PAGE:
Coffee Thoughts: Why do undergrads love WWII?

Why, academic historians ask, do undergrads love WWII so much? Aren’t there more interesting classes and more nuanced paper topics?

The answer is simple: moral clarity

Between all the HBO bodice rippers and the cynical histories with their complex grunge antiheroes… the undergrads are craving for a simple story with moral clarity.

You see, young people are willing to put up with hell, to suffer, to live when every day feels like a fight, if there is a point to it all. If there are forces of light and darkness, and the darkness does not prevail.

And they want stories that tell them that. Preferably true stories, that can promise them their life is part of the same.

Yes, the evolutionary psychologists can tell us that we humans just want impose order on chaos, it’s all contrived, our brains forcing patterns where there was none. Apparently we just desire it, to construct from the random facts of reality a “story” with a beginning, a middle, an end. Thus “history” is made.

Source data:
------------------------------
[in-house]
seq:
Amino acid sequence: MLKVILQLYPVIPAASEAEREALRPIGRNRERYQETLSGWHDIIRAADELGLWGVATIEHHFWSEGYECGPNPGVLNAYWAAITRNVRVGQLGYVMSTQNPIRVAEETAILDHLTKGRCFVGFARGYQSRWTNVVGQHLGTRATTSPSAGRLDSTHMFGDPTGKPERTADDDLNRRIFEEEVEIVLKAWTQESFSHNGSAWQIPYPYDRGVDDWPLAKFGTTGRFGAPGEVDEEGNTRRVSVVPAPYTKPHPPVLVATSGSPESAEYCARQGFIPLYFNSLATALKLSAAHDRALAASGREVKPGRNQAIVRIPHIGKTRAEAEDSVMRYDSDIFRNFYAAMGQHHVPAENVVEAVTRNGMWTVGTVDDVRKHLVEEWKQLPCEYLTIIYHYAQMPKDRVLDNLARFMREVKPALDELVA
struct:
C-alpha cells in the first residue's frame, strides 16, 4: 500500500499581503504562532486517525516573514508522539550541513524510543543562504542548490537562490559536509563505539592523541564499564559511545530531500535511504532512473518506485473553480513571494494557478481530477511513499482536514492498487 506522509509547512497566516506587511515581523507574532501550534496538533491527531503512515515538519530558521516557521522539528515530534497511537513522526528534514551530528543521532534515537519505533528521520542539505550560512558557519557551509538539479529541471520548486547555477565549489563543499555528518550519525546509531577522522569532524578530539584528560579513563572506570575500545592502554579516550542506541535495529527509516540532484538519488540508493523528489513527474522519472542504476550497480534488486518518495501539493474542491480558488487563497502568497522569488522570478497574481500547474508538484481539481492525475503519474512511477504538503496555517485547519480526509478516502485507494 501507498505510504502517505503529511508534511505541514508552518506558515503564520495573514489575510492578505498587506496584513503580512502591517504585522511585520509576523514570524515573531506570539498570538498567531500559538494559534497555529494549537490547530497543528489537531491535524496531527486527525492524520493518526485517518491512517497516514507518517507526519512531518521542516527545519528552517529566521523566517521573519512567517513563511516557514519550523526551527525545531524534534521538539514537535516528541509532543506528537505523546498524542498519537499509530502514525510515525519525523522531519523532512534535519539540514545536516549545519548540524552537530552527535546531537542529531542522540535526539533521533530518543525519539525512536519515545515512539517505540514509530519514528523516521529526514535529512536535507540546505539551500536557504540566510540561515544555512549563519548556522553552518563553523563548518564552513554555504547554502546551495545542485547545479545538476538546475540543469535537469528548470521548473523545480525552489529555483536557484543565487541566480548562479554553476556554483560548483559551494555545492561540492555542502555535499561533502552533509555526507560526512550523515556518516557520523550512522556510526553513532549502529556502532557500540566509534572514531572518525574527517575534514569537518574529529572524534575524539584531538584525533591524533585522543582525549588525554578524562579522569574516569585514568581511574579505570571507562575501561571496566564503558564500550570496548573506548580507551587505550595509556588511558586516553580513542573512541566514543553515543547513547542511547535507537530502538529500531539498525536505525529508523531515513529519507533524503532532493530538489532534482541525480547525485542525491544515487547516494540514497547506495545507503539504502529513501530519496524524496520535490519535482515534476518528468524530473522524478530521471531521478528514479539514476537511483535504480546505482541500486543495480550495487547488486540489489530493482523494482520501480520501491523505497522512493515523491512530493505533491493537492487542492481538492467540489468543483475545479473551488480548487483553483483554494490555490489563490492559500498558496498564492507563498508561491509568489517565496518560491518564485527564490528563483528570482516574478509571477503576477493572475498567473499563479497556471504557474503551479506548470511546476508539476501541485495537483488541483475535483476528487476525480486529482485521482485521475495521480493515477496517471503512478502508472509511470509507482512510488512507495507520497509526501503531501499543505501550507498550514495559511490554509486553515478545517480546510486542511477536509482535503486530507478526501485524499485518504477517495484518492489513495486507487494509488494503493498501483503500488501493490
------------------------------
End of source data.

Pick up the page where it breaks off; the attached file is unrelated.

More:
But if that is all it is, then why do we want it so bad? Like the deep/universal grammar already in the newborn infant’s brain — doesn’t the desire alone indicate something?

 

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One thought on “Coffee Thoughts: Why do undergrads love WWII?

  1. It’s funny you mention this, because I’ve been on a slight WWII kick lately and watching the 2001 (HBO!) miniseries “Band of Brothers,” thinking about the portrayal of America/soldiers and if it would have been different post-9/11. Have you seen it? I’ve been wondering whether it’s something you’d enjoy watching…

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